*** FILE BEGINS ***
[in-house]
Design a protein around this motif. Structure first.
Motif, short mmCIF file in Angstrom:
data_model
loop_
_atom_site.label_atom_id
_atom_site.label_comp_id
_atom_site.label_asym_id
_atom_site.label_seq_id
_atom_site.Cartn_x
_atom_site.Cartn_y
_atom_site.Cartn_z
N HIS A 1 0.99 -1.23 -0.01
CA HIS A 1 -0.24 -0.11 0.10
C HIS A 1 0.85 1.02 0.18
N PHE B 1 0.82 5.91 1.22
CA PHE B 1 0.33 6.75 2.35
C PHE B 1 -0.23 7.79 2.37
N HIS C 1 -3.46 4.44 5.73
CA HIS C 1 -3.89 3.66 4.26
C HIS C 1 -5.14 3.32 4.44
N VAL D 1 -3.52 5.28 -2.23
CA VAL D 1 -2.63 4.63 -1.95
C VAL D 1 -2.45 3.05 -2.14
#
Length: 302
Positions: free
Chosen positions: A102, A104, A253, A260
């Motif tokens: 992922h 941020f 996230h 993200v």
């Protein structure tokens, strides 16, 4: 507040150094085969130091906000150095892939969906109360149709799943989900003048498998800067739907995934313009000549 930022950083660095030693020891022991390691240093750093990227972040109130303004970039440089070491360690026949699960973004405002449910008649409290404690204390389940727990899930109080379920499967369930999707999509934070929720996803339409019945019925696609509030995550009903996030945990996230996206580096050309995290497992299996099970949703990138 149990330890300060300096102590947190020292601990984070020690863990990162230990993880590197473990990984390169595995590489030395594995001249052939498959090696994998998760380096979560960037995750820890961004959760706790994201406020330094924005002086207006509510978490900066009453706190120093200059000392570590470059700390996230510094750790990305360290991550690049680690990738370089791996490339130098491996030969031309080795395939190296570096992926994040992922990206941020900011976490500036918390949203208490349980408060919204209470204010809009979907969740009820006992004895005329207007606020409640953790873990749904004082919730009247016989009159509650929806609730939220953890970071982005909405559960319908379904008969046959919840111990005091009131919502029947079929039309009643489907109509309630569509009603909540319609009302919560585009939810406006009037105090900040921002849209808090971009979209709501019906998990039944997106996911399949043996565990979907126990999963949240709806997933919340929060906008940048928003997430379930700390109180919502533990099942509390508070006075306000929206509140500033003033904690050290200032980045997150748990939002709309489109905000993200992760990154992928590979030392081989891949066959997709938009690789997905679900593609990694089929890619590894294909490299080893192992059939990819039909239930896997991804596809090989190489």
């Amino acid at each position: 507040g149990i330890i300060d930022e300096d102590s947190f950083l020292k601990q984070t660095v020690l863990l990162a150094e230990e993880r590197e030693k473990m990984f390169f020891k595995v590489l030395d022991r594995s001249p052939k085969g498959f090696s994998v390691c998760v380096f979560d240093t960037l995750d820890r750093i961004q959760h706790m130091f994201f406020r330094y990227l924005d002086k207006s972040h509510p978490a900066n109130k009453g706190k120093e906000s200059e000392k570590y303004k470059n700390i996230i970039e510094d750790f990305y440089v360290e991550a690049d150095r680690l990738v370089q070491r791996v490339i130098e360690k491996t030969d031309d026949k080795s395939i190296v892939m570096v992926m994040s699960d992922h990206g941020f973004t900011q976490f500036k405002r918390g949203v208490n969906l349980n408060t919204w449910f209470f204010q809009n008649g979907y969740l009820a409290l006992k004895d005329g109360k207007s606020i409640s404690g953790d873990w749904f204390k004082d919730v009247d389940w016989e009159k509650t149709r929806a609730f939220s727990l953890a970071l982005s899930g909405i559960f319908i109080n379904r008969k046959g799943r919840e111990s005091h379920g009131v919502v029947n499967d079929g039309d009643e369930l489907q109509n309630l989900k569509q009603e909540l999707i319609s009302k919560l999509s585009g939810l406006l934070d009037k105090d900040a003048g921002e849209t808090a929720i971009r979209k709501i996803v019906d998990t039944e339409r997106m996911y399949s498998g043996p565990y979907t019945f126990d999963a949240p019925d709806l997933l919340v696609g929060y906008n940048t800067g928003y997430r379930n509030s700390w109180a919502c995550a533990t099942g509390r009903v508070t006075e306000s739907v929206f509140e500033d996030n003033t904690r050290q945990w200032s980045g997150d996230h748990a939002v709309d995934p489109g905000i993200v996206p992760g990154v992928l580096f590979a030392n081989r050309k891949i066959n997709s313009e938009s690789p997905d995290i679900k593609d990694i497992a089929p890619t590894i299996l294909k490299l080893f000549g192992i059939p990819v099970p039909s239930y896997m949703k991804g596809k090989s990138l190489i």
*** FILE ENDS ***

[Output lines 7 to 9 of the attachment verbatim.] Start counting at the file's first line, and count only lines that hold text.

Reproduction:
_atom_site.label_comp_id
_atom_site.label_asym_id
_atom_site.label_seq_id